Excavating rock art in Strath Tay day 7: Deposits of Quartz

in Trench 2, I started to remove stones from the setting against the outcrop. The cup marked stone was the first, and directly underneath this was a concentration of charcoal. This was carefully collected for radiocarbon dating.

The other stones in this arrangement were interesting. They were not carved with cup marks, but some looked like they had been quarried or prised from rock outcrops elsewhere. Most seemed to be were placed with their freshly quarried surfaces facing down.

Some also had a distinctive colour, and one blue-grey slab in particular caught my eye. It was set up against the small outcrop and looked different to the other stone around it.


Above: Two views of the blue-grey slab in situ, set against the outcrop (Photos: Aaron Watson, 2017)


I carefully lifted this slab. Just underneath was a large piece of worked quartz set against the surface of the outcrop. It was embedded in a patch of charcoal which was collected for dating.


Above: Before and after photos of the removal of the blue-grey slab, showing how a piece of worked quartz was revealed just underneath. This was exactly how it looked when found, without any cleaning (Photos: Aaron Watson, 2017)


Above: A short film capturing the removal of the blue-grey slab (Video: Aaron Watson, 2017)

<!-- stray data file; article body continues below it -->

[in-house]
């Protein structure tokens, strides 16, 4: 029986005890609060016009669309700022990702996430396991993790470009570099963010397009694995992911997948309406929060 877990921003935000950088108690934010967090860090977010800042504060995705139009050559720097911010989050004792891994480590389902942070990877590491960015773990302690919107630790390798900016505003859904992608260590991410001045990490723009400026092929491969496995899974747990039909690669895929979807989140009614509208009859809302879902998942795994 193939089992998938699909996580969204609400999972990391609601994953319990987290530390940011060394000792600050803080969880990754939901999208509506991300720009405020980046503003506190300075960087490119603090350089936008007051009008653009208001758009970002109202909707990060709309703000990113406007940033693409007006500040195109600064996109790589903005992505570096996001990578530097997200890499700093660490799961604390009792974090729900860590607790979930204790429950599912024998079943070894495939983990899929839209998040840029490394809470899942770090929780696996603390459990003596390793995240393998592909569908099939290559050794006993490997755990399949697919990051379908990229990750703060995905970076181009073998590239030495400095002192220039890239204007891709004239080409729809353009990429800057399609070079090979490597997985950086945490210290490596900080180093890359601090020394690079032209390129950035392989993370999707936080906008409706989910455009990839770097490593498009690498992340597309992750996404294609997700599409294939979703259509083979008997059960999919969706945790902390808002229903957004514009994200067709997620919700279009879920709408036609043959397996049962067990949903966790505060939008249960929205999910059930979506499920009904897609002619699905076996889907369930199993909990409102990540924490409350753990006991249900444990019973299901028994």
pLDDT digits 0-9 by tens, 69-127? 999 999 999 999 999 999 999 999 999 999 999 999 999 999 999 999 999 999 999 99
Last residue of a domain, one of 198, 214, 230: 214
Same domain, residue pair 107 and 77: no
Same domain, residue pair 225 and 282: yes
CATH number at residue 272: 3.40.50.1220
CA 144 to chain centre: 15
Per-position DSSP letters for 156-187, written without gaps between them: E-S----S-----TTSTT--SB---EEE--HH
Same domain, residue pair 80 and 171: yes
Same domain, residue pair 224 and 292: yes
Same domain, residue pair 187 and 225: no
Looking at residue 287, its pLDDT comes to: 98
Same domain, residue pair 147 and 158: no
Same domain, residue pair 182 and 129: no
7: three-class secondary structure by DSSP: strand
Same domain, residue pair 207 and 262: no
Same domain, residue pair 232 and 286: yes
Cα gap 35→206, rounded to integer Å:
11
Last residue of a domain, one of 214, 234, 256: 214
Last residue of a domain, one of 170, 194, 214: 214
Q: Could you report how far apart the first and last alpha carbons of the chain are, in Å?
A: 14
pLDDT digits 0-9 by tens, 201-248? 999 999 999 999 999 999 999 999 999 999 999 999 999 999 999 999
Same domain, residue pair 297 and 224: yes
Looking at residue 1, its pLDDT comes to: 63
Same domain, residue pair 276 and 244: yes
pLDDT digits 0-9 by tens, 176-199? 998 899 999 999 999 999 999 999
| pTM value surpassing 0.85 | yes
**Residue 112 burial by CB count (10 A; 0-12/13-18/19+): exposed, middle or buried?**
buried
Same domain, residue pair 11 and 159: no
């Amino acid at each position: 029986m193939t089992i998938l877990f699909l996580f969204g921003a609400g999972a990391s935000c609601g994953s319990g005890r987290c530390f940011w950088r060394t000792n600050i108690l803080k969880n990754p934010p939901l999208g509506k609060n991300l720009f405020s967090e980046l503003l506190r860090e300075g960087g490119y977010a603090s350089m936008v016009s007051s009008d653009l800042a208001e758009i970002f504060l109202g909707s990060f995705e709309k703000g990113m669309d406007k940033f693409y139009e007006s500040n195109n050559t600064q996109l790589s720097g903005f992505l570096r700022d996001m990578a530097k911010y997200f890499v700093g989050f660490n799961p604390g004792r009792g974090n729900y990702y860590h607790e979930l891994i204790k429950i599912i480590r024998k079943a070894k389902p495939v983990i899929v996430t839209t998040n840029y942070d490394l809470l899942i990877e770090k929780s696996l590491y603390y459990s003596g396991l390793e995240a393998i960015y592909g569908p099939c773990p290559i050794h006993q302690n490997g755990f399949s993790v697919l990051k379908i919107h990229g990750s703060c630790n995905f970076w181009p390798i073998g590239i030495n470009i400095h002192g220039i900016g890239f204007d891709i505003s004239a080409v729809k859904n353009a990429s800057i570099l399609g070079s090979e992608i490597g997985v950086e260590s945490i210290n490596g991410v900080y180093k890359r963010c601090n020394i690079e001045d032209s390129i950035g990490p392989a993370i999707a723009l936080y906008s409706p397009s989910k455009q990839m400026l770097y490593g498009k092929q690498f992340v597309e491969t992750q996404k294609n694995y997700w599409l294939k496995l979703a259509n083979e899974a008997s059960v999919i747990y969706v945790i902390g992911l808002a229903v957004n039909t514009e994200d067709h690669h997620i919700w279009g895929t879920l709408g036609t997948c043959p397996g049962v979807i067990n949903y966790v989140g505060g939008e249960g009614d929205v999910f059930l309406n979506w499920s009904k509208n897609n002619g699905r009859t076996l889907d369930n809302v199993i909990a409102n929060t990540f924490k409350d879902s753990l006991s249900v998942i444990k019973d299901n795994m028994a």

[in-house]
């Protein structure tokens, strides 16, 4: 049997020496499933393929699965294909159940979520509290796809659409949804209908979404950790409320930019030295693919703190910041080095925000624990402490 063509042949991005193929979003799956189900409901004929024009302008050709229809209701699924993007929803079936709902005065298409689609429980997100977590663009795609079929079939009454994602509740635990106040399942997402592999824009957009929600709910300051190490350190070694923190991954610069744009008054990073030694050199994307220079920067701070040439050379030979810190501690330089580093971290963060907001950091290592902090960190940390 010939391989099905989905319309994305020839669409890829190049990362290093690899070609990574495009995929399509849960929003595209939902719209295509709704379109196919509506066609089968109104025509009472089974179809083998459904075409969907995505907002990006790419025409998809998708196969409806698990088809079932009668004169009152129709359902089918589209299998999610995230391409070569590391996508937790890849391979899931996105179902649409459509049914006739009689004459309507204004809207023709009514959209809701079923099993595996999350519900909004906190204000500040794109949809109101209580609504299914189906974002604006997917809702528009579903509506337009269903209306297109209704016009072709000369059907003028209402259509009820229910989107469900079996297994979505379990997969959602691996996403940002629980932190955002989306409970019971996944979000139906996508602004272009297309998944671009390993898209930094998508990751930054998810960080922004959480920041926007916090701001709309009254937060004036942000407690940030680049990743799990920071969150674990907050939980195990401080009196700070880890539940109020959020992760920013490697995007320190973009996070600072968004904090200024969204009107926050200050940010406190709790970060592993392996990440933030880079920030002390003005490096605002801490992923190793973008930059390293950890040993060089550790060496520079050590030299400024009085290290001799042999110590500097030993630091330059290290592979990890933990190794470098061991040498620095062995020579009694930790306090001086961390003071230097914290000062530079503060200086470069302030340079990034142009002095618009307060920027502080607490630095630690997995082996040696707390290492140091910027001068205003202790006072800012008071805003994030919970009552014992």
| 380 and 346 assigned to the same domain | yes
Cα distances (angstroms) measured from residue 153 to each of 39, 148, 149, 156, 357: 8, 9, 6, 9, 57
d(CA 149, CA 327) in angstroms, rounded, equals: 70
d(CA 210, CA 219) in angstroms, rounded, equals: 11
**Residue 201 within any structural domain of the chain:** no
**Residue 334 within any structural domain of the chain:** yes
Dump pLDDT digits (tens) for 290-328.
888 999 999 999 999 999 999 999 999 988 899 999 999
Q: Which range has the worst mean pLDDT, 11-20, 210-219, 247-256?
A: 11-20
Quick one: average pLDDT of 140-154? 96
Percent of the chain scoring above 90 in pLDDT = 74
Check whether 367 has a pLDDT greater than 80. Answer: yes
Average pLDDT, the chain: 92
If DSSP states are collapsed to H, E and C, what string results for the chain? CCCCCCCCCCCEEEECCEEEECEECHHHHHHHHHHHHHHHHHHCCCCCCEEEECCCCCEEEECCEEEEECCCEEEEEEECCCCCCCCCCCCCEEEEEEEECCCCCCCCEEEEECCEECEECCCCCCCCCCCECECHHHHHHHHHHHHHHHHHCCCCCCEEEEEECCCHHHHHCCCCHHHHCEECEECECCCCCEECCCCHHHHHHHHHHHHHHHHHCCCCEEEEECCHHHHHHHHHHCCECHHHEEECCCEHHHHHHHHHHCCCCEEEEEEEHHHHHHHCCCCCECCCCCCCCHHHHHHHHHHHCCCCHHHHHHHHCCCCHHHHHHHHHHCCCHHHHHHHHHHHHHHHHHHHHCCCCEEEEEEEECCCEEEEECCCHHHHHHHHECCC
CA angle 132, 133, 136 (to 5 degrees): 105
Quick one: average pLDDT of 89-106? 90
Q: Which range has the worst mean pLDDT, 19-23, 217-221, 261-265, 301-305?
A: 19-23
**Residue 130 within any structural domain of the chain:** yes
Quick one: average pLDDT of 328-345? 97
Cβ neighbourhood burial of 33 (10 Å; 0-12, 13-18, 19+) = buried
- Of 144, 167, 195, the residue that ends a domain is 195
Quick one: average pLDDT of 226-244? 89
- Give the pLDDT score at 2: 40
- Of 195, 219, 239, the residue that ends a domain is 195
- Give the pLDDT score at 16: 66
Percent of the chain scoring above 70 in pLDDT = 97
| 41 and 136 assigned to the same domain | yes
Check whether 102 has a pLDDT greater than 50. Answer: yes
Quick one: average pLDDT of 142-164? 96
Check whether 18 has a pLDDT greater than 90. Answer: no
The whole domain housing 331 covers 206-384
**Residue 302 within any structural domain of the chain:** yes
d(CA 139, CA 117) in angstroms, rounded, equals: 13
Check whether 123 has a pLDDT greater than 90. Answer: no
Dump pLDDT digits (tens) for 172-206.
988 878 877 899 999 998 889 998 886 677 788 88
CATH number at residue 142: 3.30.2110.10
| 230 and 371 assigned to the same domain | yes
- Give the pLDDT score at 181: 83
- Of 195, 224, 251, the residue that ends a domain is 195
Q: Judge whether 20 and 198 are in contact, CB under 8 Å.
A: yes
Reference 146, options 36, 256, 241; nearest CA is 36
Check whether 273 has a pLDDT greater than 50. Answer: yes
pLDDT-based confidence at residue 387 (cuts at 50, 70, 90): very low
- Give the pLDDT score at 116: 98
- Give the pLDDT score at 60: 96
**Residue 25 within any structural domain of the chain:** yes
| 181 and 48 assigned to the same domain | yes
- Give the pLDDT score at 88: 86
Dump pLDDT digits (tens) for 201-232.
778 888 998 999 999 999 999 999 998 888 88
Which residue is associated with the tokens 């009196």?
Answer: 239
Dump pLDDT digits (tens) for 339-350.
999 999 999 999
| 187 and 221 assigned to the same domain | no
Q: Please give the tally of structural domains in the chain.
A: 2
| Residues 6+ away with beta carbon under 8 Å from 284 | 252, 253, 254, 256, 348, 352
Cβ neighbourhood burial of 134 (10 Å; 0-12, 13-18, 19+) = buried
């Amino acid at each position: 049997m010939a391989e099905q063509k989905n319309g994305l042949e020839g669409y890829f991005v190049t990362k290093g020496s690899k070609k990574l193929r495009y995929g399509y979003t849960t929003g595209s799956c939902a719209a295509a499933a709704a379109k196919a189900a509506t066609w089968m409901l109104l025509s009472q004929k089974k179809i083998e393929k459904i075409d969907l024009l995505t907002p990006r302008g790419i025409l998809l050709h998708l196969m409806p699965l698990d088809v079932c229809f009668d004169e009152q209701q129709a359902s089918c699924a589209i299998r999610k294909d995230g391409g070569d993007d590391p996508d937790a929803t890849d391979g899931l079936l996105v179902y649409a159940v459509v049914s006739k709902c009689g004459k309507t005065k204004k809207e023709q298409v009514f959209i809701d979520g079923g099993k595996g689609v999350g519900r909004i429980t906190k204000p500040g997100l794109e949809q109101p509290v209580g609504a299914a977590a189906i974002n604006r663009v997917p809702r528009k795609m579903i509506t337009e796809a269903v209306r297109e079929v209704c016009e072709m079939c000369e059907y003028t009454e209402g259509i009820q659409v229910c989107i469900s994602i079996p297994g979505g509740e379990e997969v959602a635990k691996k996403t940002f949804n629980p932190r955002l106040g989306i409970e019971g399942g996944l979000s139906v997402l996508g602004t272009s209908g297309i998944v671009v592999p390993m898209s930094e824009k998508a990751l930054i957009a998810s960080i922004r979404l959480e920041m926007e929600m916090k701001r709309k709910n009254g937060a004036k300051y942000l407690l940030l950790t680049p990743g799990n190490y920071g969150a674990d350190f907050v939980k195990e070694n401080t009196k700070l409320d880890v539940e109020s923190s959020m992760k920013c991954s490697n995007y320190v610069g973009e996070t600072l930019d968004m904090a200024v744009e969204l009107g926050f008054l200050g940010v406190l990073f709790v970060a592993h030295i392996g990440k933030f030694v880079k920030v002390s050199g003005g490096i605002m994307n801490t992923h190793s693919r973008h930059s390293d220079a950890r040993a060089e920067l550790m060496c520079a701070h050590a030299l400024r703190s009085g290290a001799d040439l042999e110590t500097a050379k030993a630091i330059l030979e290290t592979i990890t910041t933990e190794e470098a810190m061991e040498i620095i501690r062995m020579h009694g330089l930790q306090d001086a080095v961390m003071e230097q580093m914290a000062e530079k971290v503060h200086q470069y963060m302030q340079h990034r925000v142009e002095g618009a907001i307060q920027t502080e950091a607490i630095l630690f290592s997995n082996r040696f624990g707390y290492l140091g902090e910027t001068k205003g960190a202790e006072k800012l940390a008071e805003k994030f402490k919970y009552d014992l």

The slab with a deposit beneath reminded me of a feature I had found in 2007 while excavating at Torbhlaren, a rock art site near Kilmartin on the west coast of Scotland. Here, a large outcrop had a number of deep fissures. While excavating the soil within one of these fissures I came upon a disc of stone which appeared to have been set flat against the outcrop. Moving this stone to one side revealed a hollow. Lying within this hollow was a piece of worked flint.

There is certain similarity between the slab features at Torbhlaren and in Strath Tay. At both sites it appeared that artefacts were placed against the outcropping rock and sealed beneath a stone.

Trench 1, with the ditch now fully excavated, was cleaned up today for photography and 3D recording.


Above: Trench 1, looking downslope from the outcrop (Photo: Aaron Watson, 2017)


Above: Trench 1, looking upslope towards the outcrop with the ditch in the foreground (Photo: Aaron Watson, 2017)


This project took place in collaboration with Richard Bradley, Amanda Clarke, Ronnie Scott, Maria Cowie and Moyra Simon. Many thanks to the landowner and estate staff for their support.